LSS, JLS, CCN, and AAP conceived the idea and wrote the first draft of the manuscript. All authors read and approved the final version.
The research papers from the group used to prepare this minireview received grants from: Conselho Nacional de Desenvolvimento Científico e Tecnológico—CNPq [471801/2010-0]; and Fundação Carlos Chagas Filho de Amparo à Pesquisa do Estado do Rio de Janeiro—FAPERJ [Grant Numbers E-26/110.085/ 2014, E-26/102.170/2013, E-26/110.605/2012, E-26/ 101.450/2010, E-26/110.792/2009].
Conflict of Interest Statement
The authors declare that the research was conducted in the absence of any commercial or financial relationships that could be construed as a potential conflict of interest.
The reviewer Salah Mécheri and handling Editor declared their shared affiliation, and the handling Editor states that the process nevertheless met the standards of a fair and objective review.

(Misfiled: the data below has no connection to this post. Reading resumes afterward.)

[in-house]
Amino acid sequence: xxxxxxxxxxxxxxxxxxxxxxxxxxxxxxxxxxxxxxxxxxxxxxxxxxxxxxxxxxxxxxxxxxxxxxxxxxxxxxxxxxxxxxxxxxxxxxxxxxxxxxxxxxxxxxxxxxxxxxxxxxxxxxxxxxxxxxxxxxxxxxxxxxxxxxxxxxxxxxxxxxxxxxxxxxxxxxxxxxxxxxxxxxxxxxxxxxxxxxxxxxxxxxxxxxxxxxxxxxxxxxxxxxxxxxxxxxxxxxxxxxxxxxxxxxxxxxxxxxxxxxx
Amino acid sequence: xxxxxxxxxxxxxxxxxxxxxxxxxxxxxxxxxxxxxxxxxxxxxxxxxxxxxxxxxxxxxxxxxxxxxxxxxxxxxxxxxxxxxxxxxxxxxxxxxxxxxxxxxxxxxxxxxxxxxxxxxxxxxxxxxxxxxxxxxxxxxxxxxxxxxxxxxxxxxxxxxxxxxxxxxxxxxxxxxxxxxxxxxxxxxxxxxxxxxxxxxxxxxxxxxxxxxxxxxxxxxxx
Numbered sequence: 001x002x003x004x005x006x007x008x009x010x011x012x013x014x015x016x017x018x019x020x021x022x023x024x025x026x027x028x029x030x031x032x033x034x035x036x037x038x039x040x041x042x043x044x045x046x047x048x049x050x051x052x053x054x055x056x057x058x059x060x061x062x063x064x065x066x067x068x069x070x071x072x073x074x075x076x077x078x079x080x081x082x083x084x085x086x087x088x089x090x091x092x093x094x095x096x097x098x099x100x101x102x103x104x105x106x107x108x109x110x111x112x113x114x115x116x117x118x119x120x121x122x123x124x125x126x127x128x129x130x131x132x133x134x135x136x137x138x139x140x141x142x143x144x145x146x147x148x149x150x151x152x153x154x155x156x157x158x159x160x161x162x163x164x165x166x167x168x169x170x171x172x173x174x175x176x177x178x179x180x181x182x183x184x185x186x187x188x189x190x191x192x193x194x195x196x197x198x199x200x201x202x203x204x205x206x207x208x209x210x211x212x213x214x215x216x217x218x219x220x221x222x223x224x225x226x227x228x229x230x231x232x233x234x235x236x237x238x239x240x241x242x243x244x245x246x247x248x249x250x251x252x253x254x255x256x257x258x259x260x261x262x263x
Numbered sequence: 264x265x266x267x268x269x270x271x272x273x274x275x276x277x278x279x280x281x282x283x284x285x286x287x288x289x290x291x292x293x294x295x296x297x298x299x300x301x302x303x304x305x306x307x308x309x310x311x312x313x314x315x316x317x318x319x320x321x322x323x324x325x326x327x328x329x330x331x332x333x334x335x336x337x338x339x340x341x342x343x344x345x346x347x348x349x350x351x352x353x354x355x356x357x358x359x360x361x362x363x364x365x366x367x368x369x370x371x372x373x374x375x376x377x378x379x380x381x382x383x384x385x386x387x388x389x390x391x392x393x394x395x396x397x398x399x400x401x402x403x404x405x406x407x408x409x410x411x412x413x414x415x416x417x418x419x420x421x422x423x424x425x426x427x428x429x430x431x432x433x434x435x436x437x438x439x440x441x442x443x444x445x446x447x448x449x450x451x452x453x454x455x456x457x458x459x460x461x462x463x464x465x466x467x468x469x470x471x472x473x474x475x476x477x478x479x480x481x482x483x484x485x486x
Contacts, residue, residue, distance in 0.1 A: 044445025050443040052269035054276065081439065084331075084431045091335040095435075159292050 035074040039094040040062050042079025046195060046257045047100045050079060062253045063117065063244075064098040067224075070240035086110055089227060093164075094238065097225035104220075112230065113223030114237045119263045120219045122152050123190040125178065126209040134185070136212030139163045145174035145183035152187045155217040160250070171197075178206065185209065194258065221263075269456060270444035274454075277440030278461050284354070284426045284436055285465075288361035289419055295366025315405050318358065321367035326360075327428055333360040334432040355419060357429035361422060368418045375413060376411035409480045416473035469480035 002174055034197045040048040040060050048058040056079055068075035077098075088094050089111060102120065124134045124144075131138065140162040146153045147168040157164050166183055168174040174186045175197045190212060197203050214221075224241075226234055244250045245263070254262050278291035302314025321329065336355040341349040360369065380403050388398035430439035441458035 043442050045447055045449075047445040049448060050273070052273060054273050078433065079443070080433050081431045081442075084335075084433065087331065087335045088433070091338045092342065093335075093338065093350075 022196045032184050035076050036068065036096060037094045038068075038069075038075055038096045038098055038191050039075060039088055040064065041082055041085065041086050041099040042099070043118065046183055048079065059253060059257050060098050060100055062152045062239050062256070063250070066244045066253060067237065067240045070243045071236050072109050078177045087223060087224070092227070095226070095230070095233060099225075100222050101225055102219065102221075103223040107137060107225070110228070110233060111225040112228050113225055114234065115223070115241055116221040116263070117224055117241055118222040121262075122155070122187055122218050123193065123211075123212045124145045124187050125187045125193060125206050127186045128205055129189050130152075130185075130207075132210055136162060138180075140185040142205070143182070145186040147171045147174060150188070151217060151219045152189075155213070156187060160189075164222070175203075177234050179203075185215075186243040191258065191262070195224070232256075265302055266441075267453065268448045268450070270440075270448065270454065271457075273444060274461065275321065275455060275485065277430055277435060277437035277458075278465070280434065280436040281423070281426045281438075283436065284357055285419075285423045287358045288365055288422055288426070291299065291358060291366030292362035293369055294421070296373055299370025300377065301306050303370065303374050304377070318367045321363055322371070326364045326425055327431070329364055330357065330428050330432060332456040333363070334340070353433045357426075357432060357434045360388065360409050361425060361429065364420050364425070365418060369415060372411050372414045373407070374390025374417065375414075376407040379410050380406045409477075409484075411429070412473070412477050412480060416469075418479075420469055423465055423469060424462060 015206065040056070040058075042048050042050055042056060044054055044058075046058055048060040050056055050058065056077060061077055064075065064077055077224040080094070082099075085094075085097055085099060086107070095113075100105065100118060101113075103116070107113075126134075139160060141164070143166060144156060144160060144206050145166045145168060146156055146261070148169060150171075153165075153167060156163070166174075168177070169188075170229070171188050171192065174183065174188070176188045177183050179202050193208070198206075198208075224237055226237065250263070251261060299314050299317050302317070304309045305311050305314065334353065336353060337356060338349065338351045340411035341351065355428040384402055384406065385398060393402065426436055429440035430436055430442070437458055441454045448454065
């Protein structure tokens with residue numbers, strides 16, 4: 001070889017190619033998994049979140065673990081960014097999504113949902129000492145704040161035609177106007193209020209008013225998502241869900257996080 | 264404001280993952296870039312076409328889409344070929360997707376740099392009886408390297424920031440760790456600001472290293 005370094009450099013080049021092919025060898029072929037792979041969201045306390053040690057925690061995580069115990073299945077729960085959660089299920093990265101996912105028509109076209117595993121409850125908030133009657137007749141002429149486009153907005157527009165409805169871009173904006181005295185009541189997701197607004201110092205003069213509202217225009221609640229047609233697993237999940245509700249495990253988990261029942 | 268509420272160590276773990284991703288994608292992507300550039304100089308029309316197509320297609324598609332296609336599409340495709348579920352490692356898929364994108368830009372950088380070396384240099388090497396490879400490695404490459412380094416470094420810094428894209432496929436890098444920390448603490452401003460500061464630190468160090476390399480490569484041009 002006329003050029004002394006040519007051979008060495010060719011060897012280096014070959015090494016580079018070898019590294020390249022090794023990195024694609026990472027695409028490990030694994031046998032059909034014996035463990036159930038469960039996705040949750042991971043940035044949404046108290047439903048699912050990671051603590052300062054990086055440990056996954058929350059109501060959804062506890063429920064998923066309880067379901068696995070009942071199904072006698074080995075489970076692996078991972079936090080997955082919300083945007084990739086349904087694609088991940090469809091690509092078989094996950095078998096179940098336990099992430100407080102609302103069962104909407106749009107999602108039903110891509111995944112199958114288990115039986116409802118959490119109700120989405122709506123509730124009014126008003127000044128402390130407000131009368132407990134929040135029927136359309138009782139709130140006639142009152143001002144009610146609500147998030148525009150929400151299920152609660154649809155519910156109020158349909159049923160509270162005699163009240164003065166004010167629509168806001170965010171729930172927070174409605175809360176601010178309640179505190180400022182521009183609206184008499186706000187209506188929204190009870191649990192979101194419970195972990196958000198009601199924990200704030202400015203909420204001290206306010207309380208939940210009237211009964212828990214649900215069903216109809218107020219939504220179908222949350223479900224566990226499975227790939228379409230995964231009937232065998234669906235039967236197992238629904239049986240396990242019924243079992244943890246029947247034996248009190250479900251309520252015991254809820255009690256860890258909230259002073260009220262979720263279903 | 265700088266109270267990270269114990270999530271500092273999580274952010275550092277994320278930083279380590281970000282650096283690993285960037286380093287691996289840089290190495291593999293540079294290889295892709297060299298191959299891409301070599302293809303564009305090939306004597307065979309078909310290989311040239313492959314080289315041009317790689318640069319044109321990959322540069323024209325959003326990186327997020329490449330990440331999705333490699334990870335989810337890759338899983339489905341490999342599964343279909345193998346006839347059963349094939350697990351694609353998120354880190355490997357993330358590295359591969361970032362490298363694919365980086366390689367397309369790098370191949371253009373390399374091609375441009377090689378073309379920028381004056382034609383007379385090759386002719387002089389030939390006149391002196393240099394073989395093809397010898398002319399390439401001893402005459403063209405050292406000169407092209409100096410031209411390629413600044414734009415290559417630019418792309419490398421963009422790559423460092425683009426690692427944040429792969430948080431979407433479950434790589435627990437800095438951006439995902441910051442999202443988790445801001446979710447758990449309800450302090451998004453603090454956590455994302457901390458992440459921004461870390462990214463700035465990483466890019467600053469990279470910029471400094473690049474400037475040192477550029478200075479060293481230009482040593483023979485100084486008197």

We thank colleagues who have made useful comments on this review. We thank Mr. Shanserley Leite do Espírito Santo, Mario Luiz da Silva Bandeira, Lidia da Rocha Marques, and Vitor Cordeiro Pereira for all technical support.
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Keywords: malaria, invasion, erythrocytes, renin-angiotensin system, immune response, host-cell interaction, T cells, Plasmodium falciparum
Citation: Silva LS, Silva-Filho JL, Caruso-Neves C and Pinheiro AAS (2016) New Concepts in Malaria Pathogenesis: The Role of the Renin-Angiotensin System. Front. Cell. Infect. Microbiol. 5:103. doi: 10.3389/fcimb.2015.00103
Received: 23 October 2015; Accepted: 17 December 2015;
Published: 07 January 2016.
Edited by:Brice Rotureau, Institut Pasteur, France
Reviewed by:Salah Mécheri, Institut Pasteur, France
Anthony Jaworowski, Burnet Institute, Australia
Copyright © 2016 Silva, Silva-Filho, Caruso-Neves and Pinheiro. This is an open-access article distributed under the terms of the Creative Commons Attribution License (CC BY). The use, distribution or reproduction in other forums is permitted, provided the original author(s) or licensor are credited and that the original publication in this journal is cited, in accordance with accepted academic practice. No use, distribution or reproduction is permitted which does not comply with these terms.
*Correspondence: Ana Acacia S. Pinheiro, firstname.lastname@example.org
†These authors have contributed equally to this work and shared first authorship.